HALTWHISTLE HALF MARATHON
Report by Gary Wallace
PB Potential: 3 (possibly four when the walking bit is sorted – which the organisers hope to do for next year)
Scenery: 1(not for me)
Value for money: 3
Beginner friendliness: 3
Club support and social: 4
In short: It’s not Redcar
I love flat, fast races on the asphalt. With that in mind I’d already eyed up the Redcar half marathon for the end of September. However, I’d noted on Facebook that a few club members were planning a trip west for the inaugural Haltwhistle half marathon the same day. The pre-race advertising promised flat and fast too, however I still wasn’t swayed. It promised a scenic route as well. I’m a big fan of heavy industry and I’d take the rusty orange particulate soaked views of Teesport over Northumbrian countryside any day (seriously!). So Redcar it was to be. .
Until a neighbour and fellow runner (Davey Goodfellow) knocked on my door and offered me his spot in Haltwhistle . . . for free (thanks Davey). Conscious of my occasional tellings-off for spending too much money on races (despite one race a month costing roughly the same as a monthly nail job) I graciously accepted.
Name swaps were sorted and a few weeks later my number arrived along with race instructions pointing out a section of the race where we would be required to walk. . . . Yes walk! The route went through somebody’s garden who insisted upon the runners walking over his grass. After a minor hissy fit I soon calmed down and began practicing my ‘quick walk’ technique.
Onward to Haltwhistle . . . the Bounders had an enormous presence. In a race of 200 or so there must have been 1/5 from Blackhill. The organiser was suitably impressed enough to give the club a special mention during the presentation. As were four of my work colleagues who were along for the race too.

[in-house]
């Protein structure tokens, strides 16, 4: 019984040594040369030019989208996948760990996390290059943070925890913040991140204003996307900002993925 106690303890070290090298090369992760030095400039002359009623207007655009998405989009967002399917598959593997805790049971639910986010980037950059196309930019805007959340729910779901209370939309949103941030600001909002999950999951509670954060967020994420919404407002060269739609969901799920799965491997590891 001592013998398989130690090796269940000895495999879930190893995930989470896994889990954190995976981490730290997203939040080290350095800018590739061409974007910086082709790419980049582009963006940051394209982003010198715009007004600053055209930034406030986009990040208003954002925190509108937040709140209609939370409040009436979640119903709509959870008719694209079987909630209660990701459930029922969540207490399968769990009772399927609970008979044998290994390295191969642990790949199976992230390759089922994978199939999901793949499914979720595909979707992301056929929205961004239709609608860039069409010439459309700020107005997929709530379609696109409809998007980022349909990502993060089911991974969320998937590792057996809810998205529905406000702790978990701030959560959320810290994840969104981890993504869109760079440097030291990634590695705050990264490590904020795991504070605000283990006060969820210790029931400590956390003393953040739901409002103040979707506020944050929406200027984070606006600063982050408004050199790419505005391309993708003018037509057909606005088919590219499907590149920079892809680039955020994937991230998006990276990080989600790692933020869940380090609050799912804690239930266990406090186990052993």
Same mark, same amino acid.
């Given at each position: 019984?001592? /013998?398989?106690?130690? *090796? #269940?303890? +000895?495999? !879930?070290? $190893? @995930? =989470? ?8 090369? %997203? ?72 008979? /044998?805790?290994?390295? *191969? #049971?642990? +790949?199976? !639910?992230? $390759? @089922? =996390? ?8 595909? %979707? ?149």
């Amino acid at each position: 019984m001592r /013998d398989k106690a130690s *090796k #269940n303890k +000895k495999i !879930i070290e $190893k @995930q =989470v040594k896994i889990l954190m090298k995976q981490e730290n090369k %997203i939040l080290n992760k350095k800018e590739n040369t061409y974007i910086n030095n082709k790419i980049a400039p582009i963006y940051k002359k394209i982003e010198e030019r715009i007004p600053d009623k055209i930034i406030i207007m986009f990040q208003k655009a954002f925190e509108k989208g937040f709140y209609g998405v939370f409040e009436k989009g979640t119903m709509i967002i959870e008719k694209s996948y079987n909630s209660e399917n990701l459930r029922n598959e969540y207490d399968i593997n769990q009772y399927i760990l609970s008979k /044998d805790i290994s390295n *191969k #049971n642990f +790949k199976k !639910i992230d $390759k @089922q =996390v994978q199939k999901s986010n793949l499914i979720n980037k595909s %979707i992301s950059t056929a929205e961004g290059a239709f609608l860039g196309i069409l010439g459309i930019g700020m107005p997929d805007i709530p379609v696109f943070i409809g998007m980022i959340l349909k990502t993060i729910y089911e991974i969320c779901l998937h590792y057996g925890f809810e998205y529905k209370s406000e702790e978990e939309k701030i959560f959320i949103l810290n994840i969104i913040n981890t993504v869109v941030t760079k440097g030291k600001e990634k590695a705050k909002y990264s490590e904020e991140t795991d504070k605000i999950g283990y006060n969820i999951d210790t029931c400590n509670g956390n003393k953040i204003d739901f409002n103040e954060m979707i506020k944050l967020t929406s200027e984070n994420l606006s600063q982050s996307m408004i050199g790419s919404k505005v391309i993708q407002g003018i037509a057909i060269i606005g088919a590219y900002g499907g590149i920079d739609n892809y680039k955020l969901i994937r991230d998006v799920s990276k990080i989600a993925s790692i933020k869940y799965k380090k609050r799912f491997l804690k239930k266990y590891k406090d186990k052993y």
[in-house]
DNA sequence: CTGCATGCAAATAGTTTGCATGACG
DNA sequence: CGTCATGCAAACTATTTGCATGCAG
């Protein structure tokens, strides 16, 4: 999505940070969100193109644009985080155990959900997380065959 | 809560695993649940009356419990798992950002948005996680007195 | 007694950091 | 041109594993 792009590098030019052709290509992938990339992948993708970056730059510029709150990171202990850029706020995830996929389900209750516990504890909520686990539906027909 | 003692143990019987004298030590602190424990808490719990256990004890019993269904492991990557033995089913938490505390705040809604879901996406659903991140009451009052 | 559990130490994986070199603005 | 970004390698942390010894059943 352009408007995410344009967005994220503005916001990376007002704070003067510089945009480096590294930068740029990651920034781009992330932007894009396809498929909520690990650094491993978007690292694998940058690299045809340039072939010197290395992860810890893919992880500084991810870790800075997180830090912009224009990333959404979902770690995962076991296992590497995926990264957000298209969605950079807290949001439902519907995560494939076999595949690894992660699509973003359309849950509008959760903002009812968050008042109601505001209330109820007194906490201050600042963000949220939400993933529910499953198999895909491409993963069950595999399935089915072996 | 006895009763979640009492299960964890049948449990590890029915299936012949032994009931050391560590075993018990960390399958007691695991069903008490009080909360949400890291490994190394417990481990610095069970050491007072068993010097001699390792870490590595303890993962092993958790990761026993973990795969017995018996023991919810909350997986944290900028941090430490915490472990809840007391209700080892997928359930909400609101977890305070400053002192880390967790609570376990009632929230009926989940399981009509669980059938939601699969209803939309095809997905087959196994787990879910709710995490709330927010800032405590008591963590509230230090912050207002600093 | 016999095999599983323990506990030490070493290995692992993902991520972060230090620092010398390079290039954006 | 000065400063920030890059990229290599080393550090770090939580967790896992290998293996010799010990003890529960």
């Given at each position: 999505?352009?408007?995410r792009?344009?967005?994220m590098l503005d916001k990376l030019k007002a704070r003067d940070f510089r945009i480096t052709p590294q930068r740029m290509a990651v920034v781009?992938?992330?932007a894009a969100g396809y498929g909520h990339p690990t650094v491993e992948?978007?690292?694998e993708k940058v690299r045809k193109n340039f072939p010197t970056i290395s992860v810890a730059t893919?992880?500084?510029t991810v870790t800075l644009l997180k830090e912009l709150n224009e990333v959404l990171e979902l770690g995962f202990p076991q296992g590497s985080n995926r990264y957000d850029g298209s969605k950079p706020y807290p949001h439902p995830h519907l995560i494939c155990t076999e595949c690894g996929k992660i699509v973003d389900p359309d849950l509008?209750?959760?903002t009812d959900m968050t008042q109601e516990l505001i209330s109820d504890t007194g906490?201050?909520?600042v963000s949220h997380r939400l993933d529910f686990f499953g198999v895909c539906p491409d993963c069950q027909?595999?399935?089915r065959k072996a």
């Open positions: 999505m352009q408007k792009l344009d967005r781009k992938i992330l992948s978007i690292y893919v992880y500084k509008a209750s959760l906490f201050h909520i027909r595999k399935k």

For the race itself I had a goal of running sub 80mins. I’d done Edinburgh in May in 80.23 so was hopeful of shaving of that 23 seconds. It was cloudy but warm and humid and those who ran will recall the air was thick with little black flies. . Several of which were inevitably ingested.
I had a canny race. It certainly wasn’t flat. There was a steady climb on the route, which we then descended on the way back following the turn at 6.5miles. The scenery. . Well I didn’t notice any. I got round under the 80minutes and snatched a surprise second place . . . for which I won £30 during a rather awkward presentation afterwards. Not quite enough to turn pro but it’s a start.
As for the walk, well I think it cost me 20 seconds in total so no real loss. I’m told the alternative was to descend and then climb some steps . . . and I bl@@dy hate steps. They have no business being in races!
Final word to thank all the support from fellow runners and supporters on route. I flew through that first mile after the turn when passing all of you on the way back down. It was a real boost.
Here’s to next year. . When I’ll probably do Redcar again